New Australian rules set to make it harder to access online content
Posted September 15, 2018 08:01:03 New rules set for the internet will mean it’s harder for Australian internet users to access content online.
Key points:Under new rules, Australians will be required to pay a small surcharge to access websites, blogs, mobile apps and video sites without a licenceThe changes, which were announced by the Communications Minister, Scott Emerson, will also make it easier for companies to monitor user behaviour and impose extra fees for data usageThere are concerns internet users will struggle to access the content they want to consume and could be targeted with unwanted advertisements, but Industry Minister Scott Emerson says the government is taking a “pragmatic approach”.
“We have to be cautious about the impact it has on the internet, but we are taking a pragmatic approach to protect Australians from the risk that it could result in increased costs for our businesses,” Mr Emerson said.
Mr Emerson said the Government was also concerned with the impact that new digital laws could have on the health of the internet.””
We’re looking at the possibility of introducing legislation to require ISPs to take steps to protect themselves from the spread of malware or similar threats.”
Mr Emerson said the Government was also concerned with the impact that new digital laws could have on the health of the internet.
“There is a strong and growing interest in the internet in Australia, particularly for our young people and those who are experiencing difficulties with social media and social media,” he said.”[However] there are some concerns that this could result, for example, in an increase in people accessing inappropriate content online.”
Mr Fraser also warned the changes could make it difficult for Australians to access new content.
“It’s going to be a challenge for Australians and we’re going to have to find some creative solutions to that,” he told ABC News Breakfast.
“We know the internet is the internet and people need to use it to get information and communicate, so the Internet Services Code is the first step in addressing that.”
Internet users will have to pay to access a range of online content without a license, including: sites that use the ‘do not track’ feature, such as Netflix and Amazon Prime Instant Video, which allows users to track what websites they visit; and blogs and mobile apps, which can collect information about users’ browsing history.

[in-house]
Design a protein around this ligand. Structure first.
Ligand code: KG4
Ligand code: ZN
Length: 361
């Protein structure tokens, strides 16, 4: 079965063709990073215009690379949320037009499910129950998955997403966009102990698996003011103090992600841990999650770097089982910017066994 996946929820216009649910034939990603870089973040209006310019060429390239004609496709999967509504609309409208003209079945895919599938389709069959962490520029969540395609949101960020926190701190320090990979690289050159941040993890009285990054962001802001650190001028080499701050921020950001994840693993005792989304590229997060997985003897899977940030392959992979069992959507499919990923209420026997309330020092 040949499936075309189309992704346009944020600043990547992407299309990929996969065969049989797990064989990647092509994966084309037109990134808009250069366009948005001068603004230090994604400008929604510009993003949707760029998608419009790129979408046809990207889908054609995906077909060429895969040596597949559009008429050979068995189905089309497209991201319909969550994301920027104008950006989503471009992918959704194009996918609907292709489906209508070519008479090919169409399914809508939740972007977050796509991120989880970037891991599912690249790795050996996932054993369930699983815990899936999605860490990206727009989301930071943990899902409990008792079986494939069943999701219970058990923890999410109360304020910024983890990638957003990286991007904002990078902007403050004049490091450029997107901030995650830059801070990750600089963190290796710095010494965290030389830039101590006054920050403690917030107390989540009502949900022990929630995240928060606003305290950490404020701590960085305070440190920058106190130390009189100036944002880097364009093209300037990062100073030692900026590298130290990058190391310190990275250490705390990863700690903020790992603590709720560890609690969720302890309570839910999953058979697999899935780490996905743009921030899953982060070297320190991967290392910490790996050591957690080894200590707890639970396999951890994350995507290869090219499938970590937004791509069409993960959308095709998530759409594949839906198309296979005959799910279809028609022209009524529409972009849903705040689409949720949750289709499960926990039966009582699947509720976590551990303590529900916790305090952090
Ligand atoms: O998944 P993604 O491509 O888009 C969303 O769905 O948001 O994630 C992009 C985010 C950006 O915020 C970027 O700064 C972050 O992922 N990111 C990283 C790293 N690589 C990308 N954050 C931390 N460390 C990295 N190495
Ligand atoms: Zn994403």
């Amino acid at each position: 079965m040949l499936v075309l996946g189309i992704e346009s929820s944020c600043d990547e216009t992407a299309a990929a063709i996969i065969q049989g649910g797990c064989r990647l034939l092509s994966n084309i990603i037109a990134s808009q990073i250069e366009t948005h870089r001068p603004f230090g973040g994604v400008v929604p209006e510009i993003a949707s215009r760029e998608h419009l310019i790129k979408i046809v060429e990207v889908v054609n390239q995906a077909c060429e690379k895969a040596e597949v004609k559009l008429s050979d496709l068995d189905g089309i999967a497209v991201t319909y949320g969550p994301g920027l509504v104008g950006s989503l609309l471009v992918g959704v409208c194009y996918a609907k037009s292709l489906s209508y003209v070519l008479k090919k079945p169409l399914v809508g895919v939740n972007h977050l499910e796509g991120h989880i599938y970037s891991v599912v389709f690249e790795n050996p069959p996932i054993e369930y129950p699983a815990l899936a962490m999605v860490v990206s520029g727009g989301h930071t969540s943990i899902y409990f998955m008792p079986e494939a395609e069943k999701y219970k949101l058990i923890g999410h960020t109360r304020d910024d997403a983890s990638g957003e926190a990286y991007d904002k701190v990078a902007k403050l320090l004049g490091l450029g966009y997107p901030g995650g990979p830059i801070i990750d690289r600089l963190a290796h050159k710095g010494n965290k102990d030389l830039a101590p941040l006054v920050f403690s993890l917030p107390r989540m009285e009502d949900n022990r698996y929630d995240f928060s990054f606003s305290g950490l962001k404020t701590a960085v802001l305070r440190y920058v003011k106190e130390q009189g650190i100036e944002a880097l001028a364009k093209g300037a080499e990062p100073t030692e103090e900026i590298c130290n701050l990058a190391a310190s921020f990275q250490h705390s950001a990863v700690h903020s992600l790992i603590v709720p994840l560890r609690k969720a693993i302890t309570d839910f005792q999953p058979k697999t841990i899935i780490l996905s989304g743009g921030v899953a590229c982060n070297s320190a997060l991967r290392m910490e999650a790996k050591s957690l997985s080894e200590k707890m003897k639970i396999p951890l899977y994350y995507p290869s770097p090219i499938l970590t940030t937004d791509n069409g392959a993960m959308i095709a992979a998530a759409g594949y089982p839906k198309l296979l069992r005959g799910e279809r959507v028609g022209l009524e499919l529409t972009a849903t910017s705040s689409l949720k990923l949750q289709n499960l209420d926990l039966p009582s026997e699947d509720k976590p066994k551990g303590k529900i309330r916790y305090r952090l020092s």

The Communications Minister said he would be pushing for a broader consultation on the new rules.
“This is about protecting our Australian internet, and we have a very broad view that the internet should be accessible to all Australians,” Mr Fraser said.
He said the proposed rules were aimed at protecting the internet from “misuse” and that consumers would have the right to decide whether or not they wanted to pay.
“I want to be very clear about this, the Government will be consulting consumers about this new regulation,” he added.
“Consumers will have the opportunity to review the proposed regulations, but the Government believes that the most important thing is to make sure we protect the internet for Australians.”
Mr Nelson said the rules were an important part of an overall strategy to increase transparency, and to help consumers make informed decisions about what to do with their personal information.
“These rules are part of that and we want to ensure that people can use the internet without having to pay for it,” he explained.
“If you’re a small business, if you’re an independent contractor, you can choose to do so.”
Internet service provider iiNet said the changes would help small businesses to compete with internet giants.
“While many small businesses have to compete on price, competition is good for consumers, and the rules will help to increase consumer choice, drive innovation and reduce barriers to innovation,” iiNet chief executive Michael McKeown said.
The changes were announced in a series of bills, which will be passed into law by Parliament.
Under the Telecommunications (Consumer Protection) Act 2013, ISPs must provide customers with access to online content free of charge.
Under existing laws, internet service providers are allowed to offer content free from charge, but they have to provide access to the content at a reasonable price.
The Telecommunications Act 2015 gives ISPs the right for consumers to make a claim for their internet service if their internet provider has failed to deliver a fair price for their service.
Under a new bill, internet providers will be able to impose additional fees for their services.
This includes a surcharge of up to $20 for every month they don’t provide customers access to a website.
The Government will also introduce a new online advertising code, which means companies will have a legal obligation to make their websites and mobile applications comply with the rules.
The new code will apply to websites, apps and mobile services that are already operating in Australia.